"Yeah, I was in the show. I was in the show for 21 days once -- the 21 greatest days of my life. You know, you never handle your luggage in the show, somebody else carries your bags. It was great. You hit white balls for batting practice, the ballparks are like cathedrals, the hotels all have room service, and the women all have long legs and brains." Now, thats what I'm talking about. Bull Durham is a great flick, by the way.

There is nothing like having your back against the wall (figuratively) as a source of motivation. I mean, my back is against the wall of being a career minor leaguer. I want to make it to The Show! But I have heart, too. Its not just that my back is against the wall. And its not just that I am afraid of the consequences of failing. I want to succeed. I want to go to medical school, just like Rudy wanted to play for Notre Dame (Don't you love the sports movie analogies?), so I'm studying my ass off. I'm even kinda impressing myself.

USA hoops beat Germany today, on an Allen Iverson buzzer beater, and celebrated like they had just conquered the world. Only problem is Germany didn't even QUALIFY for the Olympics. I guess a win is a win, though. And a win is definately better than a 17 point loss to ITALY, FOR GOD SAKE. Whatever. I agree with the Sports Guy in that the team wasn't very inteligently picked (there's a link to his website on the sidebar...My Mac doesn't have a handy little link button for some reason, and I'm too lazy to manually do it). On the other hand, I kind of like how we've suddenly become the underdog. Watching the 1992 dream team, as well as subsequent USA teams walk all over the competition was kind of boring. Either way, I PREDICT A GOLD MEDAL. I have a feeling.

One of the most ironic things that I see everyday is hospital employees standing outside during their breaks, smoking. I wonder if they're thinking, "Damn, this place kinda gets old as an employee...(puff) Maybe I should see what its like to be a patient! (puff)."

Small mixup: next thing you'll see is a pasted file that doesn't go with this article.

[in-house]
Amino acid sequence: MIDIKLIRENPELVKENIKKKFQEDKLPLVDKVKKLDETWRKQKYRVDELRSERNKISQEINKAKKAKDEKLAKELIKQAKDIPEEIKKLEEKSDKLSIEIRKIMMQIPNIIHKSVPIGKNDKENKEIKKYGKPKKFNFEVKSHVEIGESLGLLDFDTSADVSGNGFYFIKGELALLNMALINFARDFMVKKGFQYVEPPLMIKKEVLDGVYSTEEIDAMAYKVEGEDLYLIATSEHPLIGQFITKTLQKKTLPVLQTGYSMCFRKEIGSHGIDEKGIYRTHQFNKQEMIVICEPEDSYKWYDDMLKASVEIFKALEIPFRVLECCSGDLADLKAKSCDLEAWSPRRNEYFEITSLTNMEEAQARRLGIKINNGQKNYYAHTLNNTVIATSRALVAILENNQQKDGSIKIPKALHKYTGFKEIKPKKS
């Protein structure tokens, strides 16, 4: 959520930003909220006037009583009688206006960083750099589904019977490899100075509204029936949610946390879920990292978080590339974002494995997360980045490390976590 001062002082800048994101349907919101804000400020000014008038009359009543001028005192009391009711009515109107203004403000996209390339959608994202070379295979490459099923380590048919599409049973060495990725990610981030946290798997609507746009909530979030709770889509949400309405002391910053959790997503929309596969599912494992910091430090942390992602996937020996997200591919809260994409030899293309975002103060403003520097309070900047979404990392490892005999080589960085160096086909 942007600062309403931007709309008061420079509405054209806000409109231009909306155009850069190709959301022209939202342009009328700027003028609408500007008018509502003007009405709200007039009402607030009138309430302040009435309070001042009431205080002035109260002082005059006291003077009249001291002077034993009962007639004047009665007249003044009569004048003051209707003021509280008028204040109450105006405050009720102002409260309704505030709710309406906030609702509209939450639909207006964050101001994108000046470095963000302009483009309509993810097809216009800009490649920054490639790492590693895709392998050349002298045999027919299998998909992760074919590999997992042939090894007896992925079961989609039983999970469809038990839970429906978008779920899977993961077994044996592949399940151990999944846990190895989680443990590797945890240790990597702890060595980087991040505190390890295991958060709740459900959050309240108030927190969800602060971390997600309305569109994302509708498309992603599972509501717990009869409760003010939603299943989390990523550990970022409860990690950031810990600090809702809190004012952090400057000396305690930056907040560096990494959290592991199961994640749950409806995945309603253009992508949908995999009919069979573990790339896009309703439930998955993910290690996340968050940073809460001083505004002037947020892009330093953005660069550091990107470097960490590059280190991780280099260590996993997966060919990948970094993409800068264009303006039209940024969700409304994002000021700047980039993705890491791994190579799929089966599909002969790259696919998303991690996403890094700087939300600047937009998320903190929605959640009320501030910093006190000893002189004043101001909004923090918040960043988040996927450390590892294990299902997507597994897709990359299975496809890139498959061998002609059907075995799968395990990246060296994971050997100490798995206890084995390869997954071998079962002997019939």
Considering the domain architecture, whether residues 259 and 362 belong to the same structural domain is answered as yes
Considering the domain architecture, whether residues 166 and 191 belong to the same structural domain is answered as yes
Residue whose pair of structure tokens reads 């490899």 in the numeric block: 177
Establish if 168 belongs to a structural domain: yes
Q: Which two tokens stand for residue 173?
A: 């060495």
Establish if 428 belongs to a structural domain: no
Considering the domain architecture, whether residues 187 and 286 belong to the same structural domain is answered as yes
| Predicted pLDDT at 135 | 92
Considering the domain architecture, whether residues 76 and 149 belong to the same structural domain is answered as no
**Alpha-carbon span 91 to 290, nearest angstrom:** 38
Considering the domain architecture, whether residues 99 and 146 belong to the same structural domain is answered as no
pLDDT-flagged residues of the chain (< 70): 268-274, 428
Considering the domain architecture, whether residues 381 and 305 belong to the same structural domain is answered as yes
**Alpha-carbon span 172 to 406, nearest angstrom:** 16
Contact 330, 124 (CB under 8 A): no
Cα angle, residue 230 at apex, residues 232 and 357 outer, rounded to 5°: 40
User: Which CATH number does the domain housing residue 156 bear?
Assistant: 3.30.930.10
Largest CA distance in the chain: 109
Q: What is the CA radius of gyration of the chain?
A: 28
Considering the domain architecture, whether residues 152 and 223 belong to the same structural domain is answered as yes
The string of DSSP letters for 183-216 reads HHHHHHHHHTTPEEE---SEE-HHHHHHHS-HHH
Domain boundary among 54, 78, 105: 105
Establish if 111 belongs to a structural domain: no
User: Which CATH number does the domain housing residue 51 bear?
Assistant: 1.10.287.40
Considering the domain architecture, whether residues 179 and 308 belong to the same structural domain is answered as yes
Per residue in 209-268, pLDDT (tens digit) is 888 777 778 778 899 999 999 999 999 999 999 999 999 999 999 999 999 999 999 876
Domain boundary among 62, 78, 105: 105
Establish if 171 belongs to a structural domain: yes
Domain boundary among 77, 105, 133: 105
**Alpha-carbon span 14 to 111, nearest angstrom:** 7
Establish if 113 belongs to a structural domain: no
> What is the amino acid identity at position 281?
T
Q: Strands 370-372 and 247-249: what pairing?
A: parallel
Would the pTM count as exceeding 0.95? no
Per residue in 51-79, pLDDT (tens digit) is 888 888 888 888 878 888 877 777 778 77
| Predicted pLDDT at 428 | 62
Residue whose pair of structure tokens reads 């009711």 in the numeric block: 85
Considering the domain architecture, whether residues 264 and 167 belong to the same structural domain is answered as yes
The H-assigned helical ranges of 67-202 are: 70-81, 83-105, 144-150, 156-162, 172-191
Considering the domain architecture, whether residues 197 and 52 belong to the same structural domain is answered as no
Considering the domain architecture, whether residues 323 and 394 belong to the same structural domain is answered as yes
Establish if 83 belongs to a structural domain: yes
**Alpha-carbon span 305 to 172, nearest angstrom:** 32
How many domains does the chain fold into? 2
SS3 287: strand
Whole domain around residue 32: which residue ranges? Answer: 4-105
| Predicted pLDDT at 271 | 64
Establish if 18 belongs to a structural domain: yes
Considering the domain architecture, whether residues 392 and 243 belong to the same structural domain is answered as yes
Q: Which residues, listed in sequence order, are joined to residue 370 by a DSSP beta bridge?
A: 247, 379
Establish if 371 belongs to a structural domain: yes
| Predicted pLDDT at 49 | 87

I encourage you all to listen to more country music. I'm not gonna argue with you about it. If you choose not to listen to this invaluable piece of advice, your loss.

This is my 20th post. Yee-haw! Slooperdong! Electric boogaloo! Wowee Wow! Oh yeah! Uh huh! Yipee! Super-duper! Boo-yeah, Grandma! Butta! And my favorite, Yahtzee!

Sunday, August 01, 2004

A few words on the Medical College Admissions Test

I'd like to take this opportunity to say I'm sorry to all 4 or 5 of you for the reccent lack of posts. You see, I've been busy. Blogging, my friends, as you may or may not know, takes up a lot of time. And right now, time is precious. Time is money. Time is my future.

I am taking the MCAT (Medical College Admissons Test) two weeks from yesterday, on Saturday, August 14th. Incidentally, immediately afterwards I'm flying this coop, which I am very excited about, but more on that in another post (maybe). The MCAT is in the same family as the Iowa Basics, the SAT, and the ACT in that it is a standardized test. But believe me when I say that the MCAT is merely a distant, mutant, hairy, ripped, tatooed, and heavily pierced cousin of the SAT or ACT. I mean, to begin with, its a fucking 8 HOUR TEST. I didn't study at all for the SAT. I didn't take practice tests. I'm taking an MCAT prep class through Kaplan (6 hours a week in the classroom). I've spent the last 3 saturdays taking FULL-LENGTH practice exams, 8am to 4pm. I didn't take a class for the SAT. Most people, in fact, don't. And most people do fine. I did fine. I got into a good school. But this test, that I'm taking in two weeks, scares the living shit out of me. This test does not just determine the next 4 years of my life, it may determine the REST of my life. You see, if you do mediocre on the SAT, you'll still go to college. But if you do mediocre on the MCAT, chances are you won't be a doctor. Sure, you can take ONCE more if you need to improve. But you make it much easier on yourself if you step up to the plate and hit a homerun on the first pitch.